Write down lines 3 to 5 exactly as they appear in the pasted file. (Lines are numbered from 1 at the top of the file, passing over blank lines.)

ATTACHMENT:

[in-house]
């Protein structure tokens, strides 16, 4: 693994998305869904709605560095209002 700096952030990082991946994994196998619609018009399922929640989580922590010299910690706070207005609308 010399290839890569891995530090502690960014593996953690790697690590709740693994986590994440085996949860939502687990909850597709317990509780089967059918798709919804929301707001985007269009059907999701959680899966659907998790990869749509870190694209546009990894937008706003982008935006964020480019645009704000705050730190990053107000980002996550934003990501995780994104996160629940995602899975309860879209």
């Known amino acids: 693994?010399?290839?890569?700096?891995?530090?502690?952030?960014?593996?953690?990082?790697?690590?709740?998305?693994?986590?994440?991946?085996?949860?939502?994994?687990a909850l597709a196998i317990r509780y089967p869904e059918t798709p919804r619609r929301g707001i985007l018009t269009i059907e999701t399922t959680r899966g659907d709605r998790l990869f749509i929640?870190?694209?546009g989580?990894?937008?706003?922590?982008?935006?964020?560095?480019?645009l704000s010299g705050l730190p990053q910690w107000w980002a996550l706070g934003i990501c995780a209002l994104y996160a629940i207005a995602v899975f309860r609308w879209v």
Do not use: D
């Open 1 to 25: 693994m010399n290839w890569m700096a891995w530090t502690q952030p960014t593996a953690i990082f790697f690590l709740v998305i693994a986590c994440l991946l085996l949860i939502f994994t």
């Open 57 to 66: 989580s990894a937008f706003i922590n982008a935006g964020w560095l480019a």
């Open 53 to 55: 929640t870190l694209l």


């Known amino acids: 693994?010399?290839?890569?700096?891995?530090?502690?952030?960014?593996?953690?990082?790697?690590?709740?998305?693994?986590?994440?991946?085996?949860?939502?994994?687990a909850l597709a196998i317990r509780y089967p869904e059918t798709p919804r619609r929301g707001i985007l018009t269009i059907e999701t399922t959680r899966g659907d709605r998790l990869f749509i929640?870190?694209?546009g989580?990894?937008?706003?922590?982008?935006?964020?560095?480019?645009l704000s010299g705050l730190p990053q910690w107000w980002a996550l706070g934003i990501c995780a209002l994104y996160a629940i207005a995602v899975f309860r609308w879209v």
Do not use: D
């Open 1 to 25: 693994m010399n290839w890569m700096a891995w530090t502690q952030p960014t593996a953690i990082f790697f690590l709740v998305i693994a986590c994440l991946l085996l949860i939502f994994t």